The researchers said that long detection time needed for Candida, a sepsis-causing fungus, results in approximately 40 percent mortality rate. The new device is based on T2 magnetic resonance (T2MR) and makes use of blood-compatible polymerase chain reaction to amplify Candida DNA from human whole blood.
This DNA then binds with nanoparticles that have been coated with a complementary DNA probe and yields nanoparticle clusters, which then change the sample's T2MR signal. The researchers added that the device can detect the presence of one colony-forming unit of five Candida species within three hours.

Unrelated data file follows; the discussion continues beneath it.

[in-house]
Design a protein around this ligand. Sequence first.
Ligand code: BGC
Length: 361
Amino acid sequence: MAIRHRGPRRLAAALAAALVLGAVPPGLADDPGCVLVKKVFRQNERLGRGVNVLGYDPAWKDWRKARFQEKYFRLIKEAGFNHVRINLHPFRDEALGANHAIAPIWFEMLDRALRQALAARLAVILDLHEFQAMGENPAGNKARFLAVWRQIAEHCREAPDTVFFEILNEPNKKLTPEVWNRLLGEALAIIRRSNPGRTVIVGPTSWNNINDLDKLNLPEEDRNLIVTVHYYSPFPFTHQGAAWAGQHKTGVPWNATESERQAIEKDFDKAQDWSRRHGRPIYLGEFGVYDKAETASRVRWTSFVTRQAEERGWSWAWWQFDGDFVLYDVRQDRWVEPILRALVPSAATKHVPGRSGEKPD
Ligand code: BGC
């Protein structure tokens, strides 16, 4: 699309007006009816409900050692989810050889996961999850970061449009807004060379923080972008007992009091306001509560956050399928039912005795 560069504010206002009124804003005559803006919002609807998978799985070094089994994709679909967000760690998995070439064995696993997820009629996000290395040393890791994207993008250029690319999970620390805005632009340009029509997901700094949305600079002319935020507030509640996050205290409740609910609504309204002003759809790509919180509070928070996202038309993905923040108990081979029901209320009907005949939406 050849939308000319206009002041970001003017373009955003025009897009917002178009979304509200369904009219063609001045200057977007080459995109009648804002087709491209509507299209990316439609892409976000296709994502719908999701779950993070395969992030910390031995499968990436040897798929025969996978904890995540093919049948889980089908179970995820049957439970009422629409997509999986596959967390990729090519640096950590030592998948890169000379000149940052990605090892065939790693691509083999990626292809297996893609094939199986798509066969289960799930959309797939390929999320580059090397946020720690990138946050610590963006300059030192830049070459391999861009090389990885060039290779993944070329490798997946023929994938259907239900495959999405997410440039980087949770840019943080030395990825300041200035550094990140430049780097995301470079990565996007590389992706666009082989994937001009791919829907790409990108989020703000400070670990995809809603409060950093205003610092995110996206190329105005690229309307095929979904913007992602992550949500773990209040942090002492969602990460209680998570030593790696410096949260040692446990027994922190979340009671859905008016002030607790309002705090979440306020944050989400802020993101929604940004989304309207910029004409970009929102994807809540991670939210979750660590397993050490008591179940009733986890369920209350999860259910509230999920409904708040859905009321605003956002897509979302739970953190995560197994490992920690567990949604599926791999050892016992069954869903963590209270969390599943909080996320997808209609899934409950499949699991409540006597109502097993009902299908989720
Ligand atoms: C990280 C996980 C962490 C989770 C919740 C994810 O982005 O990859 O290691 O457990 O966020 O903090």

"This study shows that the nanoparticle- and T2MR-based detection method is rapid and amenable to automation and offers clinicians the opportunity to detect and identify multiple human pathogens within hours of sample collection", lead researcher Lori Neely said.